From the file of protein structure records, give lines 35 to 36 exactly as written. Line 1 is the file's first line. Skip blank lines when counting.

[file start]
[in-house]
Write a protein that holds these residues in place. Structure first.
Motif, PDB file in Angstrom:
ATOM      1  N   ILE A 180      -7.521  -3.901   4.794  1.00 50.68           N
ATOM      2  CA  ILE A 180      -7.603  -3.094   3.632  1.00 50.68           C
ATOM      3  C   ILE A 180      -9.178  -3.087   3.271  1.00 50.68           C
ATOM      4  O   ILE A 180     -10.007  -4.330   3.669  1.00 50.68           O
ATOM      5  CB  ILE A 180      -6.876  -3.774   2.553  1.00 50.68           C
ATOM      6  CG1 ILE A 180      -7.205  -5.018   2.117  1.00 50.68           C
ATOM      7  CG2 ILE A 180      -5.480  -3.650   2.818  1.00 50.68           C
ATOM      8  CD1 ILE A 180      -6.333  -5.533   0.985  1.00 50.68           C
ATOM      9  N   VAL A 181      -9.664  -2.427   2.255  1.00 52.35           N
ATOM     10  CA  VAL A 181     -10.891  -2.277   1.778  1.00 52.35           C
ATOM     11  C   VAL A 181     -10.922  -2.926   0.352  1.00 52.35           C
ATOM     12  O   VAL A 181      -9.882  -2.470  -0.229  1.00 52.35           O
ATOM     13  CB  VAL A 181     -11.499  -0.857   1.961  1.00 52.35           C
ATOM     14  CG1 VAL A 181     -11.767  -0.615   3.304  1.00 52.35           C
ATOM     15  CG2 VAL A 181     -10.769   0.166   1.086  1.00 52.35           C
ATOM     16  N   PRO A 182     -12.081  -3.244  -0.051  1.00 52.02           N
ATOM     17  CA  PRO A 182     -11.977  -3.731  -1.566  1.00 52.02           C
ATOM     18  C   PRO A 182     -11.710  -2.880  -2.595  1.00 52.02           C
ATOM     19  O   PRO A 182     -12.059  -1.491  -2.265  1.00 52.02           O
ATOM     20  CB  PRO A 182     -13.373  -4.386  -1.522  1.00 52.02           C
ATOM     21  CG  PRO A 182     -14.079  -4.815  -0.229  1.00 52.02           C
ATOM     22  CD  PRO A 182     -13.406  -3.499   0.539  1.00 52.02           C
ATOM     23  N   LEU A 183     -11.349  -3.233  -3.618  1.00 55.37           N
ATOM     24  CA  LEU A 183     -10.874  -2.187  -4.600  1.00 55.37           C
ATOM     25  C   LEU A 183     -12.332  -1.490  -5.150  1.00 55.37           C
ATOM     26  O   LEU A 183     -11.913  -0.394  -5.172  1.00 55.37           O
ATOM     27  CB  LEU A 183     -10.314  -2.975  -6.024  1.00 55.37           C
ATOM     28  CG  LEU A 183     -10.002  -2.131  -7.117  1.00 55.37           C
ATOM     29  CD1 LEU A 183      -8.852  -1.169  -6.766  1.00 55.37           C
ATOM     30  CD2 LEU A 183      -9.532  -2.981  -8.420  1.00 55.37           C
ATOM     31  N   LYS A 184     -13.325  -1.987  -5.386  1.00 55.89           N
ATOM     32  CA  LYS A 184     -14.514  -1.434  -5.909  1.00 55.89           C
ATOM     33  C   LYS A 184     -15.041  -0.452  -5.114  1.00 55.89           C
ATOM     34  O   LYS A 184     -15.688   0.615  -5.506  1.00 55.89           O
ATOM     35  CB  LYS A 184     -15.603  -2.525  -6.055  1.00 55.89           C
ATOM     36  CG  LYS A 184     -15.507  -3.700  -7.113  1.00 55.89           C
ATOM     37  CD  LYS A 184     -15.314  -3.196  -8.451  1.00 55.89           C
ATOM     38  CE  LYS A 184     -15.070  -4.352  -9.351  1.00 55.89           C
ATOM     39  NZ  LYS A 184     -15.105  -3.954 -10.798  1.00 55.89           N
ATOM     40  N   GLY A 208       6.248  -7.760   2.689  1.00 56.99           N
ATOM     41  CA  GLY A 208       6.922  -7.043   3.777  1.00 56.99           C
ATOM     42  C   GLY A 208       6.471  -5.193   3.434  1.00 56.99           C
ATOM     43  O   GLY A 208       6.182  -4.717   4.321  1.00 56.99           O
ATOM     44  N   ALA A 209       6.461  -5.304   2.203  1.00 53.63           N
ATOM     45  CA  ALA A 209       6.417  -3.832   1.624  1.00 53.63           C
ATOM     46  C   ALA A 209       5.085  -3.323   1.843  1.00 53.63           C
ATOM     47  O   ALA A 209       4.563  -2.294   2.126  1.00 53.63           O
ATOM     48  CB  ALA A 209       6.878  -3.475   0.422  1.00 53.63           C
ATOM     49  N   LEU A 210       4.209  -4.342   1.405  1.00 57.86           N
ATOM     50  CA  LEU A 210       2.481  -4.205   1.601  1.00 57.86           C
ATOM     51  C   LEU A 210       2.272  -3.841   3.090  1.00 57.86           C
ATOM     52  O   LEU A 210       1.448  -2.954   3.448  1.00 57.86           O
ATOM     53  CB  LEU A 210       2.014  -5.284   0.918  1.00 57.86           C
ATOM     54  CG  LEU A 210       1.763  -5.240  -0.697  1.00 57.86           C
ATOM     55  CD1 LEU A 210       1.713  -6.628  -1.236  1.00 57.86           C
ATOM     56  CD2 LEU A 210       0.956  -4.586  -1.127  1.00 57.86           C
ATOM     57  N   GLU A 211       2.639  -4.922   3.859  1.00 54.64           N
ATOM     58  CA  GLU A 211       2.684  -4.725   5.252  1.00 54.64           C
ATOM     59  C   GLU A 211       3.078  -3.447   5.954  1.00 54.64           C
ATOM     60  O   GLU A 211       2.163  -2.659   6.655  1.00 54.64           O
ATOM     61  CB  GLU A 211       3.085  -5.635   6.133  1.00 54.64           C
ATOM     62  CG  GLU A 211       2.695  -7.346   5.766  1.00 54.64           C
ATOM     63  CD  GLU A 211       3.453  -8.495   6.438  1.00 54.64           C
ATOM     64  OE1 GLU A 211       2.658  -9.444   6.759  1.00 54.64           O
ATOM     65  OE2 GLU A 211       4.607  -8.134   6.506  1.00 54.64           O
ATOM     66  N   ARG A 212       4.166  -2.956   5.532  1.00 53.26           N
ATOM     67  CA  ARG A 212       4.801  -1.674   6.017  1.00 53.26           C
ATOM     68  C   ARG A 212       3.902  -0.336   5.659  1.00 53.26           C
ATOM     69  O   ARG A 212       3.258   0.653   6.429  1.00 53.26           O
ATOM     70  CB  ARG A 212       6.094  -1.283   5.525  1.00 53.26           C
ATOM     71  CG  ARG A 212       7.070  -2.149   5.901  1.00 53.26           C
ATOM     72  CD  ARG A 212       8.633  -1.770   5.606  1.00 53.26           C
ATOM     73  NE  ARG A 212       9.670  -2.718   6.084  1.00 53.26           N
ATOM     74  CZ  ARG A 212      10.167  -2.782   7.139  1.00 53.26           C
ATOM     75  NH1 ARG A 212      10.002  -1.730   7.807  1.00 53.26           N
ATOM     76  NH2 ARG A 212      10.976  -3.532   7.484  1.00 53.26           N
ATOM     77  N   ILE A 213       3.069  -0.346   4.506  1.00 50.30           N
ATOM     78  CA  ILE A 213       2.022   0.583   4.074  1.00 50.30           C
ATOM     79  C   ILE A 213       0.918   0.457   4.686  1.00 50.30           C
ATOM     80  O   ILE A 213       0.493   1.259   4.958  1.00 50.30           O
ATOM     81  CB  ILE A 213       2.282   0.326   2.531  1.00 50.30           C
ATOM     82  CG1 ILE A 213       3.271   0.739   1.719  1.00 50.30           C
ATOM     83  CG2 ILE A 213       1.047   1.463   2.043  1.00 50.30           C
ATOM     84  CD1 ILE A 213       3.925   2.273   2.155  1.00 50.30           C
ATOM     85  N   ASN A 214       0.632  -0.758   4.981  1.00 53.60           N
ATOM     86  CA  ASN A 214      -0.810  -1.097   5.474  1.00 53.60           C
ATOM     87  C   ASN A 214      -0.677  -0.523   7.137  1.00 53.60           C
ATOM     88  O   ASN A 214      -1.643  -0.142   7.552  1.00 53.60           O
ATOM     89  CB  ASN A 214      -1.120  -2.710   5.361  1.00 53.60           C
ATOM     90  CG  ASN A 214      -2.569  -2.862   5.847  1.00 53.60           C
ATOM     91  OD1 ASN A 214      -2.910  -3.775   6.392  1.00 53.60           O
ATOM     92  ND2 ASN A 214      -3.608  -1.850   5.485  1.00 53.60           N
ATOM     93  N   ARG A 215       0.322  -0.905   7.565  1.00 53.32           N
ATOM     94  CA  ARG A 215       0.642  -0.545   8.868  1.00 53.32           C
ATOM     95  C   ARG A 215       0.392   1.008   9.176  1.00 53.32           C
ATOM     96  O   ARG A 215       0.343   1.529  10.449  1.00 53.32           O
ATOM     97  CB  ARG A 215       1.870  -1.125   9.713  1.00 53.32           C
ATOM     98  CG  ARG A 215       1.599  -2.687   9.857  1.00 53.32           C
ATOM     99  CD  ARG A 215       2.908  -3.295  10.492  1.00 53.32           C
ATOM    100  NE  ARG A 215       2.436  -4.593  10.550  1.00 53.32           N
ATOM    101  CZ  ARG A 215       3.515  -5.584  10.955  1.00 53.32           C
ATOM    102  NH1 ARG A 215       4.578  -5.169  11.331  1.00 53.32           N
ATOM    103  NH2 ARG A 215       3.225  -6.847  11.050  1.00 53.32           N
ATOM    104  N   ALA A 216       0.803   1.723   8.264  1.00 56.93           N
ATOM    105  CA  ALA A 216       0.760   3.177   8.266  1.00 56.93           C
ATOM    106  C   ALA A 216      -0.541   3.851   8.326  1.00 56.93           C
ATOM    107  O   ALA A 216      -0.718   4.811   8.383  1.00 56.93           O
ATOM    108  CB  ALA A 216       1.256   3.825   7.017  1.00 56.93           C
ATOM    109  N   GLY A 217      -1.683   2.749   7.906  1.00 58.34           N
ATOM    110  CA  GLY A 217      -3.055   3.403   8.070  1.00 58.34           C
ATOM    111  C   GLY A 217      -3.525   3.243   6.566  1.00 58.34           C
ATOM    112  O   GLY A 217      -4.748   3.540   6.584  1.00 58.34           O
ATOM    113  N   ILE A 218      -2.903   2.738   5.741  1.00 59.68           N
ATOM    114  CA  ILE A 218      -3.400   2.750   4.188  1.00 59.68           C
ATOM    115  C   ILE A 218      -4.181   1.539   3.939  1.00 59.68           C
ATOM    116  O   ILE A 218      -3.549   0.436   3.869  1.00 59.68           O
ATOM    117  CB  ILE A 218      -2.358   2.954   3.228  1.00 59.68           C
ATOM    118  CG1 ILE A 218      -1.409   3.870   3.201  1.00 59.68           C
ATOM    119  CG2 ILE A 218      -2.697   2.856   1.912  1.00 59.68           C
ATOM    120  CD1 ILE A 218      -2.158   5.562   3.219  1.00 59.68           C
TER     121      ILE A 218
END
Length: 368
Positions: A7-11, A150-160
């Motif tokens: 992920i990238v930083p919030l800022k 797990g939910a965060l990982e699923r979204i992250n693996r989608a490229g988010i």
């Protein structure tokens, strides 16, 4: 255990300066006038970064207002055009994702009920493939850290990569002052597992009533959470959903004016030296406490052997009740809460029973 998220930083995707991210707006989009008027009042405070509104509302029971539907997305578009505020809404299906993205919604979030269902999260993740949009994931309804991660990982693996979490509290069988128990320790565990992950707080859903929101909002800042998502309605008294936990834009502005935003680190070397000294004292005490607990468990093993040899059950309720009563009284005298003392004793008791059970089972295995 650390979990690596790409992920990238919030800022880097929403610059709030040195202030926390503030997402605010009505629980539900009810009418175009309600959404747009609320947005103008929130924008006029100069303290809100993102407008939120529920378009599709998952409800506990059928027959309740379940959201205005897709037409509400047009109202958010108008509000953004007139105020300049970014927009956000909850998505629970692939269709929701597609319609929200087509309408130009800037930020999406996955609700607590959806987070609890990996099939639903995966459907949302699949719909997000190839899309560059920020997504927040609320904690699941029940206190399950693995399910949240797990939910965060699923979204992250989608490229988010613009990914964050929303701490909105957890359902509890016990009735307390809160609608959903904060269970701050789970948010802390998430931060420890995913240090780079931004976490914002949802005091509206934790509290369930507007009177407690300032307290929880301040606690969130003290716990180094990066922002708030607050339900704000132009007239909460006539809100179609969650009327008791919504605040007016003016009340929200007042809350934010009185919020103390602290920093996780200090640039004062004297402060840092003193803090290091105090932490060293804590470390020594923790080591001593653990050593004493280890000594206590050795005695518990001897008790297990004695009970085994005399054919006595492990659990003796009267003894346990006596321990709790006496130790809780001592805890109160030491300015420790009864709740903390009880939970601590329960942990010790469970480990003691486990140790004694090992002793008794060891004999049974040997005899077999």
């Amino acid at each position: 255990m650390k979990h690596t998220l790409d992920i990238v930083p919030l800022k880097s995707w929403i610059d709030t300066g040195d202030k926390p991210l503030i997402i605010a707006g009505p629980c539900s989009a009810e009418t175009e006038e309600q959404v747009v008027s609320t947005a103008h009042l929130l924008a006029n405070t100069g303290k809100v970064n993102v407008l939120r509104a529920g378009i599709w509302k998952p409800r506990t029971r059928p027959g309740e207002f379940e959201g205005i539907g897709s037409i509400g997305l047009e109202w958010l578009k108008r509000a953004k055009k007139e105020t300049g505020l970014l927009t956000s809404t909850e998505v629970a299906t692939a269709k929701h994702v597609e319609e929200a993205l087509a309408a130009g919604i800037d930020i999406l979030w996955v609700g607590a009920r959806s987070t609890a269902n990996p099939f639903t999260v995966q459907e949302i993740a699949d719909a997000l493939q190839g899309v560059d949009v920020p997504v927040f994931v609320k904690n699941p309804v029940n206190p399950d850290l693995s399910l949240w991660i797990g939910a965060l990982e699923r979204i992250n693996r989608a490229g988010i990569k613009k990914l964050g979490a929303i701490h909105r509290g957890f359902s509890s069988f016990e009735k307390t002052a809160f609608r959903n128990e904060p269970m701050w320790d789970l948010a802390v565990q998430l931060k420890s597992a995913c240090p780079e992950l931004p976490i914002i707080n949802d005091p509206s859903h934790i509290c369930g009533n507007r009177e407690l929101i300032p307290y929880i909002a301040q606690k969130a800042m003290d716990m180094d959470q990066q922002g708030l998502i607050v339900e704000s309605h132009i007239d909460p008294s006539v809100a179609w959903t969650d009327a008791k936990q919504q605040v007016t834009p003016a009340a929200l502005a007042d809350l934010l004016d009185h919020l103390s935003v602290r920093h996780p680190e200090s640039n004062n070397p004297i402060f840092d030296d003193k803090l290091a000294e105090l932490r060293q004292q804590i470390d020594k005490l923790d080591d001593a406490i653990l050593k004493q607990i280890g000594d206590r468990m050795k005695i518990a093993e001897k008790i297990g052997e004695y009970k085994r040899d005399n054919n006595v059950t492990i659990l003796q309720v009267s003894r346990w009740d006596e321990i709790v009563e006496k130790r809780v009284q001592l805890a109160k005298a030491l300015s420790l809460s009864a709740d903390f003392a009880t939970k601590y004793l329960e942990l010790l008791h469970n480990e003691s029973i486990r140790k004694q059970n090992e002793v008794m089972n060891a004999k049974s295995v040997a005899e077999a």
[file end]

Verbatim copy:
ATOM     32  CA  LYS A 184     -14.514  -1.434  -5.909  1.00 55.89           C
ATOM     33  C   LYS A 184     -15.041  -0.452  -5.114  1.00 55.89           C